Entangled Space is the kind of bonkers effects processor Aphex Twin probably wishes he had 30 years ago

Destiny Plus' Entanglement Space is a 32-bit effects processor that features 'time complicating attenuation', multiple instruments being 'routed through entanglement' and 'zero reverb flanging time based effects'. A standard fuzz pedal this is not, then. Let's try and untangle the entanglements.

So it's creating complex algorithms from – as we'll see later – complex algorithms. This is getting complex, then...

The main processing in Entanglement Space features four cores, each of which has 16 algorithms – so far so good – but these algorithms can then be "entangled with other core programs to create your own complex algorithms / spectral palettes for the stereo field or quadraphonic space". 

So it's creating complex algorithms from – as we'll see later – complex algorithms. This is getting complex, then, and sounds more like an outtake from Tron than an effects box (but we do like the fact that 'quadraphonic' sound is making a comeback from the 1970s – youngsters might know it as 4.0 surround sound these days). Anyway moving on…

Destiny Plus Entanglement Space

(Image credit: Destiny Plus)

Alongside the 64 algorithms are 12 modulators, and these feature 'time complicating attenuation'. We're guessing that's some kind of LFO-style randomisation, otherwise we're fearing time travel might be involved. But either way, these can be applied to control voltage on six differential parameters of each of the 64 algorithms, which sounds pretty cool.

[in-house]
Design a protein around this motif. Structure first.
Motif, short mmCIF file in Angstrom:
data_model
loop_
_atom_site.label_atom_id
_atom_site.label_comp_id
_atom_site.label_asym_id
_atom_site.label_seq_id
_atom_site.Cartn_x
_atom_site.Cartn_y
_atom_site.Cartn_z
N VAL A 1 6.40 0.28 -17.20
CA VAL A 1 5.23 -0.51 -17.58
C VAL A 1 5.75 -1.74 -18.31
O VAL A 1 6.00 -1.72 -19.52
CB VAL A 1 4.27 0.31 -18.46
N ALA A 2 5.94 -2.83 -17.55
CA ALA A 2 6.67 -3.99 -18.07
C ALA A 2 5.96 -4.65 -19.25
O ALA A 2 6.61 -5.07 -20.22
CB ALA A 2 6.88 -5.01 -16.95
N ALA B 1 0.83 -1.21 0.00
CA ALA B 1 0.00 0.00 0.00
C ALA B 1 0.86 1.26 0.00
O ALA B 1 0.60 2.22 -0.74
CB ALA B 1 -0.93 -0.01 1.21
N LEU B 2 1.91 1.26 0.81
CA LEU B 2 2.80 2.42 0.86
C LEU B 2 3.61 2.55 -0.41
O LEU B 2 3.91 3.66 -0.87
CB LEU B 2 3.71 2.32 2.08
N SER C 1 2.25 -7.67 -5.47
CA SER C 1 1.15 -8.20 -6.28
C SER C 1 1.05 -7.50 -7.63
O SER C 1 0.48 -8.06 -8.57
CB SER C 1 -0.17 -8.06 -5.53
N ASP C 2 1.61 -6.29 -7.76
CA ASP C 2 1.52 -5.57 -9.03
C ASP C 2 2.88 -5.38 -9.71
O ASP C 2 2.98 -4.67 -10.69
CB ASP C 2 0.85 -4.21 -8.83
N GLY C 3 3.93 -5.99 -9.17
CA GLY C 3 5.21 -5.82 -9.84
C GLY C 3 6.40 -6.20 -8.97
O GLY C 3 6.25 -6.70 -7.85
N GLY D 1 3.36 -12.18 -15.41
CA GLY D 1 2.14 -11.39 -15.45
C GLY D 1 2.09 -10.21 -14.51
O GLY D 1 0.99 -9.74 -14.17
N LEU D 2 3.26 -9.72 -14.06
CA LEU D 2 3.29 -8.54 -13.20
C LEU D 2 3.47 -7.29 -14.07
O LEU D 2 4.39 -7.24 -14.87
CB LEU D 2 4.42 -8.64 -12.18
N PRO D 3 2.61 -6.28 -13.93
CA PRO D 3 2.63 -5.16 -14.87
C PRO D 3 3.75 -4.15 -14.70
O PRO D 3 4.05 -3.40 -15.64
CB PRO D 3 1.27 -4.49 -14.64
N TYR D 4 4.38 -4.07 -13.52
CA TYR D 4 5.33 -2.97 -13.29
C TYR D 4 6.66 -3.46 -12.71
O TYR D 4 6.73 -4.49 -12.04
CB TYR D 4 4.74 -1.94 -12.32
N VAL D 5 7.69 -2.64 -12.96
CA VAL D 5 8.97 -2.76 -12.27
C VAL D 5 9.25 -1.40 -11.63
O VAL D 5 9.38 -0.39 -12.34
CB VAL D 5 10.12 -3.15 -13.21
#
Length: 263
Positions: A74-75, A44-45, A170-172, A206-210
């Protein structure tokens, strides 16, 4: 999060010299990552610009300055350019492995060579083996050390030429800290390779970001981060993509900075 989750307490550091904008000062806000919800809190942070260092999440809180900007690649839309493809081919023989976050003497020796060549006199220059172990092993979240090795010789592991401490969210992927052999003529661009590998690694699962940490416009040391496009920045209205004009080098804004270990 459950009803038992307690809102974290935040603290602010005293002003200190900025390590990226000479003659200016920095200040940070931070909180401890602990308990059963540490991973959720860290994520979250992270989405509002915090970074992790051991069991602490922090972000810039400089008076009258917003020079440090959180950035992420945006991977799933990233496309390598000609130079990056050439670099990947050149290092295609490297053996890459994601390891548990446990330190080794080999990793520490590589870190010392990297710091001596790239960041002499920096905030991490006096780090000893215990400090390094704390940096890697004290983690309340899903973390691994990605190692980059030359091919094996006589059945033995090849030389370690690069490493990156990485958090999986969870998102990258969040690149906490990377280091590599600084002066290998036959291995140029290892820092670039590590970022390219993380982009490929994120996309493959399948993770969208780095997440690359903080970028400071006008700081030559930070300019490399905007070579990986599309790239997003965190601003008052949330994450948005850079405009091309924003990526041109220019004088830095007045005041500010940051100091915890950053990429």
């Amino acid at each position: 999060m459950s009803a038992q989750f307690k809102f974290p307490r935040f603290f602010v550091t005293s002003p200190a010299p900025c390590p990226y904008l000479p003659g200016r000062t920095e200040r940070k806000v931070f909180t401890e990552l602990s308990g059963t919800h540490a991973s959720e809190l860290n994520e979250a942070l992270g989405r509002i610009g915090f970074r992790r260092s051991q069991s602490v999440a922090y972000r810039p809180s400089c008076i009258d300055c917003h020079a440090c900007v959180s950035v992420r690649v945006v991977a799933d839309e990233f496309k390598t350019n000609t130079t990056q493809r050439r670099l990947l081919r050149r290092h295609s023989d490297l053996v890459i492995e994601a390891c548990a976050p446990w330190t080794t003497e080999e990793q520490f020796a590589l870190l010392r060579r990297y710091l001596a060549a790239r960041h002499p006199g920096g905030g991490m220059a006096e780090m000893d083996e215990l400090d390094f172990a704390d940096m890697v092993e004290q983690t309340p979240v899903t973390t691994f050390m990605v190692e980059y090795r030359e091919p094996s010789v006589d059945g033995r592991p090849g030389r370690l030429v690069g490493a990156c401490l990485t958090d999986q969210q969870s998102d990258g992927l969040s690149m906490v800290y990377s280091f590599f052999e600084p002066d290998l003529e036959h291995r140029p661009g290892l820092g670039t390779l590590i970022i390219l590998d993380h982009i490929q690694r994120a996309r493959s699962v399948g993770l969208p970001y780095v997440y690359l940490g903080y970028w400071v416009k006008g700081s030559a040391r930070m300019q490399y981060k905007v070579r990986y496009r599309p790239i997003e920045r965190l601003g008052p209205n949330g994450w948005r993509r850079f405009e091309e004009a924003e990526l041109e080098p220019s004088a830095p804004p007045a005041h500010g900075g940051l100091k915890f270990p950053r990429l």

Summing up – we think – it seems that the core of the processing is the 64 entanglement space algorithms, and the fact is that these are pretty wild to start with, morphing between pitch, amplitude and a load of other effects. These then entangle with programs, and then you get a dozen modulators to apply to several parameters and the whole thing can take place across four sets of processors. Think we've got it. Easy really.  

Anyway, we might have that all wrong, but the results are, as you might expect, pretty out there. Whether you'll be using Entanglement in your next trance anthem or pop country smash is debatable – this really is for the, shall we say, more leftfield producer. 

Rather than us try and explain it, though, check out the results via the video above to hear just how algorithms entangling with programs sound. And the voiceover – a child reading the press release – adds a tongue-in-cheek layer to proceedings to the point that we're now not sure if we've been had, jumped forward to the future or simply slipped into a parallel universe.

The price of Entangles Space is still TBA. In the meantime, get yourself more entangled here.  

Andy Jones

Andy has been writing about music production and technology for 30 years having started out on Music Technology magazine back in 1992. He has edited the magazines Future Music, Keyboard Review, MusicTech and Computer Music, which he helped launch back in 1998. He owns way too many synthesizers.

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